In a relatively short space of time, Gmail (opens in new tab) has become one of the most widely-used email platforms in the world, and Google Workspace (formerly G Suite) an invaluable tool for businesses of all sizes.
There’s no doubt that Gmail is one of the best email services (opens in new tab) on the market, but does that mean it’s right for you? In our Google Gmail review, we’ll assess the platform’s features to help you decide whether it’s worth your money.
Google Gmail: Plans and pricing
Although the free version of Gmail is a powerful tool for personal use, businesses may prefer a premium Google Workspace plan. Yes, Google Workspace—because there aren’t any purchase options for just Gmail. Whilst this makes it more expensive than its competitors, you do get a lot for your money.
The most basic plan (Business Starter) costs $6 per user, per month and comes with 30GB cloud storage for each user (double the capacity of the free version). You also get a custom business email address and the ability to host video meetings for up to 100 people.
On the other hand, the most advanced package (Business Plus) comes with 5TB cloud storage and the video meetings can host up to 250 people. Moreover, video meetings can be recorded and saved to Google Drive (a feature that’s also included with the Business Standard plan). However, at $18 per user, per month, Business Plus isn’t cheap, so prospective buyers will be glad that there’s a 14-day free trial.
Despite all the Google Workspace features that are either enhanced or made available with pricier plans, it’s worth noting that for Gmail alone, you get the same functionality regardless of how much you pay (excluding cloud storage capacity).
Google Gmail: Features
Whilst it might take some getting used to, Smart Compose is a nifty feature that makes it quicker to write emails. Moreover, there’s a Smart Compose Personalization setting, which makes suggestions personalized to your writing style. It’s a bit gimmicky rather than a super time-saver but every little helps.
Nudges are handy reminders that place emails at the top of your inbox with a highlighted reminder, such as: “Sent 3 days ago. Follow up?” or “Received 5 days ago. Reply?” If you’re dealing with a lot of correspondence, these can really help you stay on top of things.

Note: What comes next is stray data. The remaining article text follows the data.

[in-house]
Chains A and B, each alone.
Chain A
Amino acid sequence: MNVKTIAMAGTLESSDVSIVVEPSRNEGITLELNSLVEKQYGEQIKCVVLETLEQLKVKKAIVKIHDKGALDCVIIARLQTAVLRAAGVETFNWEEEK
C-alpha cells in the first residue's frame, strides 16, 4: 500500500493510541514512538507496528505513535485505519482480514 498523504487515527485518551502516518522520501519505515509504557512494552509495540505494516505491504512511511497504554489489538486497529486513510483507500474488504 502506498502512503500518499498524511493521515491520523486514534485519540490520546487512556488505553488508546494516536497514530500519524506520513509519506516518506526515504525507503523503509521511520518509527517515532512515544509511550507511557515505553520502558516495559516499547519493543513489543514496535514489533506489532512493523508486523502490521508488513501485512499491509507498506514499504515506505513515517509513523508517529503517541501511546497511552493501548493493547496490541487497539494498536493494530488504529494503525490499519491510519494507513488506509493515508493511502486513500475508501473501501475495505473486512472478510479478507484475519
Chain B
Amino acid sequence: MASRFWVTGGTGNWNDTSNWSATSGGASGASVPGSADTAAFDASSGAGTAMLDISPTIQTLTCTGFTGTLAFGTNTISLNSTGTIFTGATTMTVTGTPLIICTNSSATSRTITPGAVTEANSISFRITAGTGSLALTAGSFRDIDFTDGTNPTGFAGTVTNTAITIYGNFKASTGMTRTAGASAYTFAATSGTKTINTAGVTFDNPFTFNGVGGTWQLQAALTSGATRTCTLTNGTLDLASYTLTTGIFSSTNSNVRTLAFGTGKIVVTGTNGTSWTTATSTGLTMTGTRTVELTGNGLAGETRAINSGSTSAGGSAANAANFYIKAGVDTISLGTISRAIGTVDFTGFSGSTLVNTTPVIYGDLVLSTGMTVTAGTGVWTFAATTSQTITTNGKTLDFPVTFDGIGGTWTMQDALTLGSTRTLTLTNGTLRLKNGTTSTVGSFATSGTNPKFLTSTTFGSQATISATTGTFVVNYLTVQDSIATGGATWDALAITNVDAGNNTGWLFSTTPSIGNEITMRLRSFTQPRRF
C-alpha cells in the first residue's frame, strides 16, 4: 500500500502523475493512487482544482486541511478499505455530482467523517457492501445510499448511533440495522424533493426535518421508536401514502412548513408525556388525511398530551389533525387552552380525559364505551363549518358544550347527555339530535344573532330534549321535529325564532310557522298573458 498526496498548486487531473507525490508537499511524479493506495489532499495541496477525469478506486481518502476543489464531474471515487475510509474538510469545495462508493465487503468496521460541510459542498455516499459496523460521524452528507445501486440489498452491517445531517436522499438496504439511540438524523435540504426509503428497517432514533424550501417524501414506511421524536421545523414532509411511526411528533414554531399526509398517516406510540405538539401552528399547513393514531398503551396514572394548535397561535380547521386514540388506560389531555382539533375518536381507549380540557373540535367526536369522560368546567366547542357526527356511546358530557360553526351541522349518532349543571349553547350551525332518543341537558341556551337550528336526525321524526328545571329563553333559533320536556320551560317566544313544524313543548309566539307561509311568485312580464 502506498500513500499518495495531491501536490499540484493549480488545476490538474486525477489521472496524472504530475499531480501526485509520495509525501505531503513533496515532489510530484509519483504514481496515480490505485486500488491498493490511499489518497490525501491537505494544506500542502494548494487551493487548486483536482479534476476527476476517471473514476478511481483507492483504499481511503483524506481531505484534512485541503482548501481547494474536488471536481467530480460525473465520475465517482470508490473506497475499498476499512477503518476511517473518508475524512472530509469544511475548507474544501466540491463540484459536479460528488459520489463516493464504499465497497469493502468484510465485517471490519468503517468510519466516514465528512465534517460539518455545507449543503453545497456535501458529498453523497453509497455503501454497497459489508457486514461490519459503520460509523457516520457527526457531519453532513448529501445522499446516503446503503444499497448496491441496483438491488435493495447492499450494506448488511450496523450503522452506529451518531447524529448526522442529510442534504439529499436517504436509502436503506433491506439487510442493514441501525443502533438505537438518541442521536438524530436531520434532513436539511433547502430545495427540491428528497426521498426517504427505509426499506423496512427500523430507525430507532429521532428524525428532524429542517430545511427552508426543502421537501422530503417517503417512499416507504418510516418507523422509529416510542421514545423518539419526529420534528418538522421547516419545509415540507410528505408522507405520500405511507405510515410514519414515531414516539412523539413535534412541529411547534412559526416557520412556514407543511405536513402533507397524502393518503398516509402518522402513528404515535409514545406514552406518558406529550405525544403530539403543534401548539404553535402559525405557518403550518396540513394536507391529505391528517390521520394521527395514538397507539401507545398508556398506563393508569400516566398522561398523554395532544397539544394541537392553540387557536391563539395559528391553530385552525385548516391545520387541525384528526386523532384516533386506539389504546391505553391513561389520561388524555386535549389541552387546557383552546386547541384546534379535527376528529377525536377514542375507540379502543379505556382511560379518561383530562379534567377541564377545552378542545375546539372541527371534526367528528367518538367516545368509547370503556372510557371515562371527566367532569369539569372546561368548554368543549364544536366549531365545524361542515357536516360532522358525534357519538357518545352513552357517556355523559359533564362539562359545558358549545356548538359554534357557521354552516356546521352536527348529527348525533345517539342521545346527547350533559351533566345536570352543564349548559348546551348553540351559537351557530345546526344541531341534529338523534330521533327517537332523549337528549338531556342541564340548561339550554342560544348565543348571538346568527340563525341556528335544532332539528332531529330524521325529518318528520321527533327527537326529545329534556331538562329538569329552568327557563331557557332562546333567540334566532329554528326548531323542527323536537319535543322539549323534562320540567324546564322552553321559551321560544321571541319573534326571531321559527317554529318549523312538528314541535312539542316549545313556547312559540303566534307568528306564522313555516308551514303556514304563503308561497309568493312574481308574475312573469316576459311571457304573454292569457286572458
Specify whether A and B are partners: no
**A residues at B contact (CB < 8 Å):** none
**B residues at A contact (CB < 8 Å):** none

Whether you’re working on a train or your Wi-Fi is having a bad day, being able to read, respond to, and search emails when you lose your connection is really useful. Although you’ll need Google Chrome for this to work, this feature is also available on the free version of Gmail.
With Gmail, you can talk to people within your organization via Google Chat or Google Meet, send out calendar invitations, and add to your to-do list, without leaving the platform.
Gmail blocks 99.9% of dangerous emails before they reach your inbox and will warn you of any suspicious emails.
Google Gmail: Interface and in use
The Gmail interface is easy to use and set up on both desktop and mobile. The simple layout means that even amateur users will quickly get to grips with the platform. Typically, emails are automatically sorted into one of three categories, including Primary, Social, and Promotions.
Although Gmail doesn’t always sort emails correctly, it does a pretty good job and learns from its mistakes when you manually move emails into the correct categories.
Google Gmail: Support
As well as an extensive knowledge base, there are three levels of support available to premium users, including Standard Support, Enhanced Support, and Premium support.
Standard Support is the default option for all plans except Enterprise (the most expensive). However, Business Standard and Business Plus customers can upgrade to Enhanced Support for a fee. Enterprise customers, on the other hand, get Enhanced Support as standard and can upgrade to Premium Support.
The key difference between them is the response time, which varies from four hours for Standard Support to 15 minutes for Premium Support. Premium Support customers also get a designated Technical Account Manager. For more information on Google’s support offerings, click here (opens in new tab).
If having a private and secure email server (opens in new tab) is your top concern, there are better options than Gmail, such as ProtonMail (opens in new tab). Whilst Gmail is pretty secure, it can scan your emails to carry out certain functions, such as Smart Compose. However, ProtonMail enables end-to-end encryption (opens in new tab), which means nobody (including ProtonMail) can read your emails.
Microsoft Outlook (opens in new tab), on the other hand, is still a favorite for many, and the Microsoft 365 business plans have a similar price tag to Google Workspace, ranging from $5 per user, per month for the most basic to $20 per user, per month for the most expensive. However, Microsoft does offer more affordable plans for personal use, which still include apps like Word (opens in new tab), Excel (opens in new tab), and Powerpoint (opens in new tab). Additionally, the familiar office apps available in Microsoft 365 are far superior to Google's own.
For teams, there’s plenty of functionality that enables seamless collaboration (opens in new tab), with a lot of actions made available from within Gmail, such as the ability to reply to comments on a Google Doc.
Although Gmail is one of the more expensive options out there, because you’re paying for all of Google Workspace, it’s important to remember you’re getting a lot more than just an email service.
Gmail is a solid choice for any business looking for a new email provider. With plenty of easy-to-use tools across desktop and mobile versions, users won’t be disappointed.
The big question is whether it's really worth paying for it as part of a Google Workspace package, especially when rivals such as Microsoft 365 offer a better platform overall.
- We've also featured the best email clients (opens in new tab).